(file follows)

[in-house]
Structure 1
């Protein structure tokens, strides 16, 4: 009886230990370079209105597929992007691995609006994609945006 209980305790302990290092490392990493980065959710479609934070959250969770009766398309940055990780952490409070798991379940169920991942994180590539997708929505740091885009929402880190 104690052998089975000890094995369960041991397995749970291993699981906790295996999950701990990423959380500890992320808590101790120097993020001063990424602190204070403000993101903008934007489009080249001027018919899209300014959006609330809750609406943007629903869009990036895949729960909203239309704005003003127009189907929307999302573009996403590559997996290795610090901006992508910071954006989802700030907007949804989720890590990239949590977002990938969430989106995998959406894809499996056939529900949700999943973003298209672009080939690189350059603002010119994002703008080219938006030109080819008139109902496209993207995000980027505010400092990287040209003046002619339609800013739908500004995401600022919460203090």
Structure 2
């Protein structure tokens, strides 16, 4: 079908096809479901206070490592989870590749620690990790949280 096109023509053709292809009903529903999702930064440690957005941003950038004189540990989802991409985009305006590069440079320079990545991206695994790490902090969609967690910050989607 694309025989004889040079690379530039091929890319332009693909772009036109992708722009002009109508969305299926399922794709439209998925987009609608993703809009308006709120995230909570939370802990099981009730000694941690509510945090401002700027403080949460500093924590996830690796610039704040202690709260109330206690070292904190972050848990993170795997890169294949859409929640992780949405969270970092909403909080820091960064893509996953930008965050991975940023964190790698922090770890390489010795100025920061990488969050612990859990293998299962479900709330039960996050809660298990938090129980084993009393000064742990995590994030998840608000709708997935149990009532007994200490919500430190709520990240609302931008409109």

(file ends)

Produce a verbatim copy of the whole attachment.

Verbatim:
[in-house]
Structure 1
């Protein structure tokens, strides 16, 4: 009886230990370079209105597929992007691995609006994609945006 209980305790302990290092490392990493980065959710479609934070959250969770009766398309940055990780952490409070798991379940169920991942994180590539997708929505740091885009929402880190 104690052998089975000890094995369960041991397995749970291993699981906790295996999950701990990423959380500890992320808590101790120097993020001063990424602190204070403000993101903008934007489009080249001027018919899209300014959006609330809750609406943007629903869009990036895949729960909203239309704005003003127009189907929307999302573009996403590559997996290795610090901006992508910071954006989802700030907007949804989720890590990239949590977002990938969430989106995998959406894809499996056939529900949700999943973003298209672009080939690189350059603002010119994002703008080219938006030109080819008139109902496209993207995000980027505010400092990287040209003046002619339609800013739908500004995401600022919460203090």
Structure 2
């Protein structure tokens, strides 16, 4: 079908096809479901206070490592989870590749620690990790949280 096109023509053709292809009903529903999702930064440690957005941003950038004189540990989802991409985009305006590069440079320079990545991206695994790490902090969609967690910050989607 694309025989004889040079690379530039091929890319332009693909772009036109992708722009002009109508969305299926399922794709439209998925987009609608993703809009308006709120995230909570939370802990099981009730000694941690509510945090401002700027403080949460500093924590996830690796610039704040202690709260109330206690070292904190972050848990993170795997890169294949859409929640992780949405969270970092909403909080820091960064893509996953930008965050991975940023964190790698922090770890390489010795100025920061990488969050612990859990293998299962479900709330039960996050809660298990938090129980084993009393000064742990995590994030998840608000709708997935149990009532007994200490919500430190709520990240609302931008409109």